The NOW function returns the present date and the time from your device. It does not accept any input argument.

The Generic Formula:

Time Worked = NOW() – Start Time

Have a look at the following screenshot for a better understanding: If the distinction in time between the start time and the current time is greater than 24 hours, format the outcome to display the day with the time portion using the TEXT function.

The Formula:

`=TEXT(NOW()-B5,"dd hh:ss:mm")`

Now, you can also execute the same thing by modifying the custom formatting of the cell to display the day along with the time part.

Excel will automatically consider the time 1st January 1990 if your start time only has the time portion.

For this reason, the NOW function will provide you with incorrect output while calculating the time worked. As we mentioned, the resulting value would also have the total days that have passed since 1st Jan 1990.

To solve this, use the following formula:

`=NOW()- INT(NOW())-B5`

Here, the INT function will clear the daypart from the result produced by this function. After that, it will use this to calculate the time difference.

Remember, the NOW function updates whenever you make a change in your Excel timesheet. But it does not rework in real-time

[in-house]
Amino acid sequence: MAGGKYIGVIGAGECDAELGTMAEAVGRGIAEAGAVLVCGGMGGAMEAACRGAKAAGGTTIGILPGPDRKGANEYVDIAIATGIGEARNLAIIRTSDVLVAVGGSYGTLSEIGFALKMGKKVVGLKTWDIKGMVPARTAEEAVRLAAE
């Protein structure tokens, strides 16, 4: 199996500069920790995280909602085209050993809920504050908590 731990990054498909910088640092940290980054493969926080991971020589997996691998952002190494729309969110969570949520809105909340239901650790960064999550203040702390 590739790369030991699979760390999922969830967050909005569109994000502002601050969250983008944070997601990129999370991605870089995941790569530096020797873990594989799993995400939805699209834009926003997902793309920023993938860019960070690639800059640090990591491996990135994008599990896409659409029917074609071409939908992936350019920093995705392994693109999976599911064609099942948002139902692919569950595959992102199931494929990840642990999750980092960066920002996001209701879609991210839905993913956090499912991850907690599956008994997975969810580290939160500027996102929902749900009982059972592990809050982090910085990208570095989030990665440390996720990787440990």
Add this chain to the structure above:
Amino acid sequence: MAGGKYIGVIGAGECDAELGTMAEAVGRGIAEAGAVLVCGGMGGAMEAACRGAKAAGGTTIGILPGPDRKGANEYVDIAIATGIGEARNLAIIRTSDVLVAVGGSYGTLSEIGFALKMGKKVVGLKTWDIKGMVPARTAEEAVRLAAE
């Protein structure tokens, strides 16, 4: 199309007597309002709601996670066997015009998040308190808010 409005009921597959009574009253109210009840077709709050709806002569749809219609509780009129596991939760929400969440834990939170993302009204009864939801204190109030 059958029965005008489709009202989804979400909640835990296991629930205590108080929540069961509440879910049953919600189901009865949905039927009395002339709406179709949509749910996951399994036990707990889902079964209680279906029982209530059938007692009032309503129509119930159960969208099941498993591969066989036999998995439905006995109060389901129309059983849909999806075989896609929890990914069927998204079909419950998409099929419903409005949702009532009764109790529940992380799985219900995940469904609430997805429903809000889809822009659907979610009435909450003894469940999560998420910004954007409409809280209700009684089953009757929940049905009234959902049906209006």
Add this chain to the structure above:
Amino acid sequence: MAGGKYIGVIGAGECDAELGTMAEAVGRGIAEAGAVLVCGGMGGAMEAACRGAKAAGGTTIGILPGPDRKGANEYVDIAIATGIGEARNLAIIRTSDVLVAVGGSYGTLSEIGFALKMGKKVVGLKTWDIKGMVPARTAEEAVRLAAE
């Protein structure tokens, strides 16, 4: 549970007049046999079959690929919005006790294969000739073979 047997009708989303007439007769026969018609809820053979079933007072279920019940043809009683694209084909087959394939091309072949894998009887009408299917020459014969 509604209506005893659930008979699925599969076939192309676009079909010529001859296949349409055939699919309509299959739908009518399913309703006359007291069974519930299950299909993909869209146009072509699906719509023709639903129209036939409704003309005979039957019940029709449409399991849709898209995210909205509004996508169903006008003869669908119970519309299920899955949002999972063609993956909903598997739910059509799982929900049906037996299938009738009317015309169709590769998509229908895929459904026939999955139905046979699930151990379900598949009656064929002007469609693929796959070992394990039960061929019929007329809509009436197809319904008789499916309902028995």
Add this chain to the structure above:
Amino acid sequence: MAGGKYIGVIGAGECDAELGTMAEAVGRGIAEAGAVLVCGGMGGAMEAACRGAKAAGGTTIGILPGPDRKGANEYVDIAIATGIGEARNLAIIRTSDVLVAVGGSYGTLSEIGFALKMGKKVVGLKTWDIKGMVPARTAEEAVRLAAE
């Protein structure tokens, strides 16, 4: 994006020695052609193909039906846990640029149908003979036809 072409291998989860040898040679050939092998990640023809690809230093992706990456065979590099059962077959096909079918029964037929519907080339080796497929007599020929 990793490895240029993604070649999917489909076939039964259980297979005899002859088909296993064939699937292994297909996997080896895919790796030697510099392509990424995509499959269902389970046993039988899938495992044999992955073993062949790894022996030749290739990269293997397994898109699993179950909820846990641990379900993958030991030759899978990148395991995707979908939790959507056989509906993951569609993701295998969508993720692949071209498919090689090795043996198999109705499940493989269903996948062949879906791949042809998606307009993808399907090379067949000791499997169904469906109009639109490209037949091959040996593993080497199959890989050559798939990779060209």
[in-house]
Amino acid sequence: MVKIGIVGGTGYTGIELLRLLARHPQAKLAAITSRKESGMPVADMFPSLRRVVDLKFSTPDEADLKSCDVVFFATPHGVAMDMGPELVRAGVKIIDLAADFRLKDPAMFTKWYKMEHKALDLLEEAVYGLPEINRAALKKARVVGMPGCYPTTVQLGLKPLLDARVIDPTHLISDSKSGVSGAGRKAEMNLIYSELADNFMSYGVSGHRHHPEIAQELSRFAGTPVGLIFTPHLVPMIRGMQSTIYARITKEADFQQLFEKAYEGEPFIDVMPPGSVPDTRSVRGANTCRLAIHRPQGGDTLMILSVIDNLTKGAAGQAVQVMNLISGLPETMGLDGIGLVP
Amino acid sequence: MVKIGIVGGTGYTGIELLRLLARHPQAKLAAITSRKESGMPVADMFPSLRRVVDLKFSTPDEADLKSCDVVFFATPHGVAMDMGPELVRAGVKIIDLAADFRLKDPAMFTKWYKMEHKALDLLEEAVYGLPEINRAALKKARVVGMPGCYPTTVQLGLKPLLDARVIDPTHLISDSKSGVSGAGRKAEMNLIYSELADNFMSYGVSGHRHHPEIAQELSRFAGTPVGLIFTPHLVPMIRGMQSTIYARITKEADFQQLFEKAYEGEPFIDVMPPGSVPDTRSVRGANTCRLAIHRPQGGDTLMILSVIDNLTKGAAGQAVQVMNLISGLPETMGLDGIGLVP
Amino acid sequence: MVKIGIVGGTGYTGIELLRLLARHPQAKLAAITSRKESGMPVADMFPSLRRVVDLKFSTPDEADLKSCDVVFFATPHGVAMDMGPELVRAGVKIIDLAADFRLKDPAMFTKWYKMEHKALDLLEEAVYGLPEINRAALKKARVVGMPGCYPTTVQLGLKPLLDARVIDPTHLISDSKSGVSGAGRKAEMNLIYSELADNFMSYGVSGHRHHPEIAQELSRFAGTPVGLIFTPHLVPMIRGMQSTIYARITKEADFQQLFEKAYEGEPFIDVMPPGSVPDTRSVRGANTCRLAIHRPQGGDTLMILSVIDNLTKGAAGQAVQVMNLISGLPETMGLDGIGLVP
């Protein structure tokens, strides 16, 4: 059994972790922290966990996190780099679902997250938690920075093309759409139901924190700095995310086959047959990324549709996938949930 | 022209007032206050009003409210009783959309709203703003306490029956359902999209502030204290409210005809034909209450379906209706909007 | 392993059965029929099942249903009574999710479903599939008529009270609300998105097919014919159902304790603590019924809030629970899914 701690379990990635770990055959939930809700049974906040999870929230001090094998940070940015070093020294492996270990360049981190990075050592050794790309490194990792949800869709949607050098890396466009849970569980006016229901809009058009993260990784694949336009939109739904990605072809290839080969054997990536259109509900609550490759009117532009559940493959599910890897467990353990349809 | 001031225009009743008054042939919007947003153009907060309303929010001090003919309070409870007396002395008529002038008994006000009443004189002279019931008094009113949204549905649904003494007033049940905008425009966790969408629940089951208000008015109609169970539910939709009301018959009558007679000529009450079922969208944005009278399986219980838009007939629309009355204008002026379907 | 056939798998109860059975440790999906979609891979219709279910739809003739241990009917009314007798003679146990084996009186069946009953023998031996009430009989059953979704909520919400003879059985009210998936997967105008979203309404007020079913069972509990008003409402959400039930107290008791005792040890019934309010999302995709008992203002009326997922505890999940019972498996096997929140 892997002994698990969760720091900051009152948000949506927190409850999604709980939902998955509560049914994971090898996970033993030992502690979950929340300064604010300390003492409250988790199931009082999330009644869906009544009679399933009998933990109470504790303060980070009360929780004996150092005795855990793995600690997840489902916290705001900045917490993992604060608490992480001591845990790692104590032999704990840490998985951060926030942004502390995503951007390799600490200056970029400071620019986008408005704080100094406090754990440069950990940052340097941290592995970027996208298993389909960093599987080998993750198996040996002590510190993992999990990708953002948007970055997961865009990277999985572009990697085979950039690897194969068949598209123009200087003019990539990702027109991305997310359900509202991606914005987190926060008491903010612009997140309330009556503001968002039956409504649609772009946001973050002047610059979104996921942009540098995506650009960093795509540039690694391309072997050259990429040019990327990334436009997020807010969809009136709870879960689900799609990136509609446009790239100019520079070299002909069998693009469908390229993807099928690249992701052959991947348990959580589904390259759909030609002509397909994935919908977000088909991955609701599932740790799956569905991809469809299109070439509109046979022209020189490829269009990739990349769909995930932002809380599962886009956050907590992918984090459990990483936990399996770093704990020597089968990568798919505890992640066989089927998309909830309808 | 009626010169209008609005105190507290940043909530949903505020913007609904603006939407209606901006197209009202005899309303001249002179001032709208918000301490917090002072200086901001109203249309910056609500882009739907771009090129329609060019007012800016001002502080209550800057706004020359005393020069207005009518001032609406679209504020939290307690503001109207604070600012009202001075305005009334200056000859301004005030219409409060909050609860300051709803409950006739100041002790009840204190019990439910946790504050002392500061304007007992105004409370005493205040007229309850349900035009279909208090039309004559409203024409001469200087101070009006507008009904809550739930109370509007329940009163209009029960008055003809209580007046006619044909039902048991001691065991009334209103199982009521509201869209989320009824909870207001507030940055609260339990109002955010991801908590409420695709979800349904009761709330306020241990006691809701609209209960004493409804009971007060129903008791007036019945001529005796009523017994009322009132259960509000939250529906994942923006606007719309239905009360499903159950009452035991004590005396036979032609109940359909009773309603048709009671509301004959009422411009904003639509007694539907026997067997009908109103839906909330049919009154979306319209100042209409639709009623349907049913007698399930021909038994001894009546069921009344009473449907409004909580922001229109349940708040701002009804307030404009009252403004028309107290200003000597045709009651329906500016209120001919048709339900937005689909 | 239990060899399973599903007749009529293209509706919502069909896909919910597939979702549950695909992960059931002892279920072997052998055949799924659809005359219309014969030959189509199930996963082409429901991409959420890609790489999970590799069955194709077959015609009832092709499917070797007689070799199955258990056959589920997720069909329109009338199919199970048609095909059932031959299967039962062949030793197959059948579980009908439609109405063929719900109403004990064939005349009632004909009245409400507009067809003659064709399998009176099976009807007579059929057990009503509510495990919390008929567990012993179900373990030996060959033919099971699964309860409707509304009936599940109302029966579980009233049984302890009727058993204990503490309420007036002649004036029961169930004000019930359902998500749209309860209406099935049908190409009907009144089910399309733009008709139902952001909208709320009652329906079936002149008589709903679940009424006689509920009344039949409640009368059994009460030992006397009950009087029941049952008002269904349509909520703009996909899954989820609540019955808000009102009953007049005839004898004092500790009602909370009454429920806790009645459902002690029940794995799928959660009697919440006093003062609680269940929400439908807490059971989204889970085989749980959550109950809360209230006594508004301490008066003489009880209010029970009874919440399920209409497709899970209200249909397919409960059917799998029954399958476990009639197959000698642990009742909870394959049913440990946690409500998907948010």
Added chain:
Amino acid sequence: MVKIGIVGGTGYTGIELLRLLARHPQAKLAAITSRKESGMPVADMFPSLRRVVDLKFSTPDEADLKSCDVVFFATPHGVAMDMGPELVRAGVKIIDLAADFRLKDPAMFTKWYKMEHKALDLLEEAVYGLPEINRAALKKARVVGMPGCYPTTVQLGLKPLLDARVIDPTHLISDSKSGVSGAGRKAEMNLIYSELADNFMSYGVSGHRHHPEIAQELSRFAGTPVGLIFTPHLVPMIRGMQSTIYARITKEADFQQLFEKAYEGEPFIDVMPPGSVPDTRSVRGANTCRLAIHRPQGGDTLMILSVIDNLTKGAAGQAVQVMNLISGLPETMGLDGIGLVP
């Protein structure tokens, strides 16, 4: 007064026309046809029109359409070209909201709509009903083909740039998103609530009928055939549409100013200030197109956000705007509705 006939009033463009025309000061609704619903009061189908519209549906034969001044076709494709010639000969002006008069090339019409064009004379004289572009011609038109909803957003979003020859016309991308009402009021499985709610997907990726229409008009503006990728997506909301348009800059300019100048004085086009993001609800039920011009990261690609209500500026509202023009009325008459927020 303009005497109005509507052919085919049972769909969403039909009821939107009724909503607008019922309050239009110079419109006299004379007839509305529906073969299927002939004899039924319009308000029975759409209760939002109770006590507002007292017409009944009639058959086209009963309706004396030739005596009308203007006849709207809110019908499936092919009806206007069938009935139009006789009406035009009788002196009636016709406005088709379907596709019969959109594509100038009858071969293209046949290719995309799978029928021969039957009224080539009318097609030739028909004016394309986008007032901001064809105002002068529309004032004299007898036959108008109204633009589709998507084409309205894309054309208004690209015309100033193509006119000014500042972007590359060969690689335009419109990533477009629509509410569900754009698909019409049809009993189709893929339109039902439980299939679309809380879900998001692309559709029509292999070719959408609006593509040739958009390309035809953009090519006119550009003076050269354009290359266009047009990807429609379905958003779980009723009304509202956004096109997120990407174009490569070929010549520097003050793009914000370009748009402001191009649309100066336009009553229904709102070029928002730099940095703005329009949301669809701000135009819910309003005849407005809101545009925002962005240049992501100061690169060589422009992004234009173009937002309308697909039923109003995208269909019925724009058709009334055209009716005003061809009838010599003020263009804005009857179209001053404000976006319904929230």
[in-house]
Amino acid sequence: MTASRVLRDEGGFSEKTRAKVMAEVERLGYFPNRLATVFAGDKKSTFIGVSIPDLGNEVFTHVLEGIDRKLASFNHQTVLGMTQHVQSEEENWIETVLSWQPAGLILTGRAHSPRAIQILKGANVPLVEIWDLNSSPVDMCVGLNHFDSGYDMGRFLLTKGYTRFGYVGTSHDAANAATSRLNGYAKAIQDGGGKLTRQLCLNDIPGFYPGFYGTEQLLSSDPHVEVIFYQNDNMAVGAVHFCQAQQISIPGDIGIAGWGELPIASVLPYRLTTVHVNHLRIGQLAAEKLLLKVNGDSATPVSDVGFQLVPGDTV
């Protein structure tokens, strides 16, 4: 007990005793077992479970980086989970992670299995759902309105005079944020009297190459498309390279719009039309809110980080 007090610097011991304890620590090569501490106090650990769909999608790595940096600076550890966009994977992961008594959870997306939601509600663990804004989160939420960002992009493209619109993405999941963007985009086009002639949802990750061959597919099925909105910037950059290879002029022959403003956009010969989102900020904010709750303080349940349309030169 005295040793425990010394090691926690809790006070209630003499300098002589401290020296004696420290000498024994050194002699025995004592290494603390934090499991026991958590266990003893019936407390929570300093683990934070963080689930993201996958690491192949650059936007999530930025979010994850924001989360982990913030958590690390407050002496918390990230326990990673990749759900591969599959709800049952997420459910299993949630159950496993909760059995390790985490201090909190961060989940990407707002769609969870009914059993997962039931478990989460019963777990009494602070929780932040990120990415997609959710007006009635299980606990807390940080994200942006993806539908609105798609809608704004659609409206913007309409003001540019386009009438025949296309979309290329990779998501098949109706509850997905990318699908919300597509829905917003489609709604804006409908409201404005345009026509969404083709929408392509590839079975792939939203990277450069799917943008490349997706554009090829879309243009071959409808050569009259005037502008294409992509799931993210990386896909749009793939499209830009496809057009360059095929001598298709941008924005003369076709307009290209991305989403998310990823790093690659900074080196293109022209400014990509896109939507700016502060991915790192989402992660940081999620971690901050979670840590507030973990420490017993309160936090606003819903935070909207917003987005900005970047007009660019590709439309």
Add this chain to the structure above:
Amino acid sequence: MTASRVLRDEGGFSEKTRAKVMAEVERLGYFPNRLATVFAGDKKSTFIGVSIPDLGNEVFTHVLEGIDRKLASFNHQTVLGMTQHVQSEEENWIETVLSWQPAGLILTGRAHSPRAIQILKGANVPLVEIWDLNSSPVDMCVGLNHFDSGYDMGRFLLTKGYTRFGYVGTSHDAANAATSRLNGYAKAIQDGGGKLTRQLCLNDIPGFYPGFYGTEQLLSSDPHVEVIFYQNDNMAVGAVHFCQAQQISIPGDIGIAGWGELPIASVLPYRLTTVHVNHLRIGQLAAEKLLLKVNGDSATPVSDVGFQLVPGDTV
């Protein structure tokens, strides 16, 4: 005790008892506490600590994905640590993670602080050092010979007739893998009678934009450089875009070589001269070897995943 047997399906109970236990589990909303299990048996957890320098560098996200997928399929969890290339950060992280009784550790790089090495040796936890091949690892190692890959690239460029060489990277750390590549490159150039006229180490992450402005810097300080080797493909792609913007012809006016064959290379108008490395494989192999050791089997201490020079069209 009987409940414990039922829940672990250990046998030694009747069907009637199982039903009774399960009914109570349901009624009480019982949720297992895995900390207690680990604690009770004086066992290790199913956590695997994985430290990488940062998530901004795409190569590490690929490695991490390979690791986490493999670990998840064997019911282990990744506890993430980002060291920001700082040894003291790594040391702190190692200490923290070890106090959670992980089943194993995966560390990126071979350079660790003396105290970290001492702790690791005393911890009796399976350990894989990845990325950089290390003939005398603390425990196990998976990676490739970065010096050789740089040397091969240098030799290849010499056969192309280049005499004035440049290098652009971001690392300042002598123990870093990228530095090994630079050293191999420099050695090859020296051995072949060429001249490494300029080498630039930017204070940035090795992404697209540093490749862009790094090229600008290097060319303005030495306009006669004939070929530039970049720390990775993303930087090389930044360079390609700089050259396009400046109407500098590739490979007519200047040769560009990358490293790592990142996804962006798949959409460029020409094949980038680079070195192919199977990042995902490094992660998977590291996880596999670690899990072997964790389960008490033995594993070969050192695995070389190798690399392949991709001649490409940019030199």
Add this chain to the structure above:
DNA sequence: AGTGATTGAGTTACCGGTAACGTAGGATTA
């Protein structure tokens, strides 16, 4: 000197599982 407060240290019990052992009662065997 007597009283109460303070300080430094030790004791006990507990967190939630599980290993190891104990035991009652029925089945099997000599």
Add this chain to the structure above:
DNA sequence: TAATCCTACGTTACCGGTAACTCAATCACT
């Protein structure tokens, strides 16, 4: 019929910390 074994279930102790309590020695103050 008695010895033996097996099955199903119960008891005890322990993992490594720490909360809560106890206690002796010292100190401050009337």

## Formula to Calculate Hours Worked for A Day Shift

In this section, I am showing you a simple dataset that has some start times and the end time of some employees. Our goal is to calculate the time worked in hours.

To demonstrate this, we are using this dataset: Now, select Cell E5 and type the following formula:

`=MOD(D5-C5,1)*24`

Here, our formula contains the MOD function to calculate the time worked in hours in an Excel timesheet. As you can see, we are successful in calculating total work hours in the Excel timesheet.

## Formula to Calculate Time Worked for a Night Shift

Now, previously discussed the time difference based on the day shift. That means we didn’t show you the output if your end time is on a different date. That means your start time is in hh:mm: ss PM, but the end time is hh:mm: ss AM. You can compare this to a night shift where employees start work at night and finish the next day.